“Cleaning my apartment,” wrote Wallace Fowlie (1908-1998) in his memoir Aubade, “means discarding each week an object, a book, and even a notebook that has served its purpose.” In other words, the influential Duke faculty member destroyed many of his own manuscripts.
Still, something of Fowlie’s archive was recovered from his Durham home at Valley Terrace Apartments and survives in the Wallace Fowlie Papers, a modest collection of his correspondence and later manuscripts.
Fowlie arrived in Durham in 1964 and taught French literature at Duke until his death in 1998; he was named the James B. Duke Professor of French in 1968. Fowlie is best known for his critical readings and translations of Rimbaud, Baudelaire, Cocteau, and other French writers.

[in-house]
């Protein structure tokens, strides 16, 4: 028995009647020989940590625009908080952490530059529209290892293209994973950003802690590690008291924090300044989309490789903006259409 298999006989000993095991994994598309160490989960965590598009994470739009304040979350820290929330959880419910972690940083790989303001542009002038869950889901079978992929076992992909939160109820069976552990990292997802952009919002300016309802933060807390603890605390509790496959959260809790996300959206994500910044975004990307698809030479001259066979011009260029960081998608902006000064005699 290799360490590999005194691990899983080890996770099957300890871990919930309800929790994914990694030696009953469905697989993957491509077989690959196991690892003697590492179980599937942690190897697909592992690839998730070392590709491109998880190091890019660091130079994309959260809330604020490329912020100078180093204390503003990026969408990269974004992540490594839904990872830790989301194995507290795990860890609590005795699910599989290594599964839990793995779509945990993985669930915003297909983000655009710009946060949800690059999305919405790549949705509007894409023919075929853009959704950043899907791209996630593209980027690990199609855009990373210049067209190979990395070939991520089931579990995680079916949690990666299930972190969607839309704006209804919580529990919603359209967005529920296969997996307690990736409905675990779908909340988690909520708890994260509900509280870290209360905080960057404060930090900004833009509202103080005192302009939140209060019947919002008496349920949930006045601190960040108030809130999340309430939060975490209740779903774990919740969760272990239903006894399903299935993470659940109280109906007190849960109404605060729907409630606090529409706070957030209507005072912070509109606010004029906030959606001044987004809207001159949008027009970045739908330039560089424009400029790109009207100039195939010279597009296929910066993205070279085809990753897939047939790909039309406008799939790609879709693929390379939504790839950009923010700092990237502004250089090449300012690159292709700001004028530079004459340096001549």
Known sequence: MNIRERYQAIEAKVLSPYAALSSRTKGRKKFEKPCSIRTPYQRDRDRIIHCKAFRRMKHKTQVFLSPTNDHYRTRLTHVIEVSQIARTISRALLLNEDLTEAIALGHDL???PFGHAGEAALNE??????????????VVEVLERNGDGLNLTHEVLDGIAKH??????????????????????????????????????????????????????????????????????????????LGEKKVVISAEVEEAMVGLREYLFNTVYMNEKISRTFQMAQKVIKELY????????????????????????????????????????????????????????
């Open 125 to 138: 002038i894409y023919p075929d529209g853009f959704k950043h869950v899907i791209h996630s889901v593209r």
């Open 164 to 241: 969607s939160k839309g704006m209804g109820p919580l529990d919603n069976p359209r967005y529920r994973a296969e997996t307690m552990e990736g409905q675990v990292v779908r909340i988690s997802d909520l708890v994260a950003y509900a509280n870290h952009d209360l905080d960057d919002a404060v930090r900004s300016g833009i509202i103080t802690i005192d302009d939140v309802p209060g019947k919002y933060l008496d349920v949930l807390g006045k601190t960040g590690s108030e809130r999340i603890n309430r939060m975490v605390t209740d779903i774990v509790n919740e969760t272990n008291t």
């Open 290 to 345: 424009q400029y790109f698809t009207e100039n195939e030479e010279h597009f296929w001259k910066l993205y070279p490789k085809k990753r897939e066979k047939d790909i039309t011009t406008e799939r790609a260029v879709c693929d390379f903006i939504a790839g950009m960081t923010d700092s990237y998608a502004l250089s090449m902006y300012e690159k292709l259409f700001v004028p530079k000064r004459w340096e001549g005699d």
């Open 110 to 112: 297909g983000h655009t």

The Wallace Fowlie Papers include highlights from his correspondence, such as letters from Jean Cocteau, Anaïs Nin, and other important literary figures.
Two spiral notebooks—apparently the only notebooks not discarded by the self-described “eccentric” scholar—contain Fowlie’s notes on Marcel Proust, Dante, and other writers. Most notable, perhaps, is Fowlie’s personal reminiscence of his relationship with the novelist Henry Miller.
Post contributed by David Pavelich, Head of Research Services.